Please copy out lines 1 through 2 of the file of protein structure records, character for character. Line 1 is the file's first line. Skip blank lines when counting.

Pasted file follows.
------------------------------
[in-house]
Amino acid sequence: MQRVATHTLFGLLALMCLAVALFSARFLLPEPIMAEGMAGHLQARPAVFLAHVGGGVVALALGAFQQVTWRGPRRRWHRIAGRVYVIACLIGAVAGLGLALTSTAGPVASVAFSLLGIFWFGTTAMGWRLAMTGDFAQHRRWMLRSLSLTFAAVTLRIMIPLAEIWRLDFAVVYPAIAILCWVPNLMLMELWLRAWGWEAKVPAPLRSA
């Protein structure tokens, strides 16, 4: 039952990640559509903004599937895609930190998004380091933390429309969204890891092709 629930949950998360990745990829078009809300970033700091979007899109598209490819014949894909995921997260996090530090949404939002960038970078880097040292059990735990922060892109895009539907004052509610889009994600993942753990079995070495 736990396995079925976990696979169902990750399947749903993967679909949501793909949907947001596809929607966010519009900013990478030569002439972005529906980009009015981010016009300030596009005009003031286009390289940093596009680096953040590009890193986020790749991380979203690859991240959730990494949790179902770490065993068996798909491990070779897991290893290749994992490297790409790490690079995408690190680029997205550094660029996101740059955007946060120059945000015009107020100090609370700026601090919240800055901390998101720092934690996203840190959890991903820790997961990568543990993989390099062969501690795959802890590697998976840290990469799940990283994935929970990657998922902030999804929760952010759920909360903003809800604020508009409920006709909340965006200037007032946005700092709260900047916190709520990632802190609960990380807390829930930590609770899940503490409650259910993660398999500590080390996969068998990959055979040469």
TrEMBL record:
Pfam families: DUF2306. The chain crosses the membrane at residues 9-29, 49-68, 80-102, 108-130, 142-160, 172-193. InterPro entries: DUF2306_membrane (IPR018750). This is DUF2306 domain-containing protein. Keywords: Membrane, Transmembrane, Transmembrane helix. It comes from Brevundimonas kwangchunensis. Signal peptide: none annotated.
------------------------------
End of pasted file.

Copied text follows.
[in-house]
Amino acid sequence: MQRVATHTLFGLLALMCLAVALFSARFLLPEPIMAEGMAGHLQARPAVFLAHVGGGVVALALGAFQQVTWRGPRRRWHRIAGRVYVIACLIGAVAGLGLALTSTAGPVASVAFSLLGIFWFGTTAMGWRLAMTGDFAQHRRWMLRSLSLTFAAVTLRIMIPLAEIWRLDFAVVYPAIAILCWVPNLMLMELWLRAWGWEAKVPAPLRSA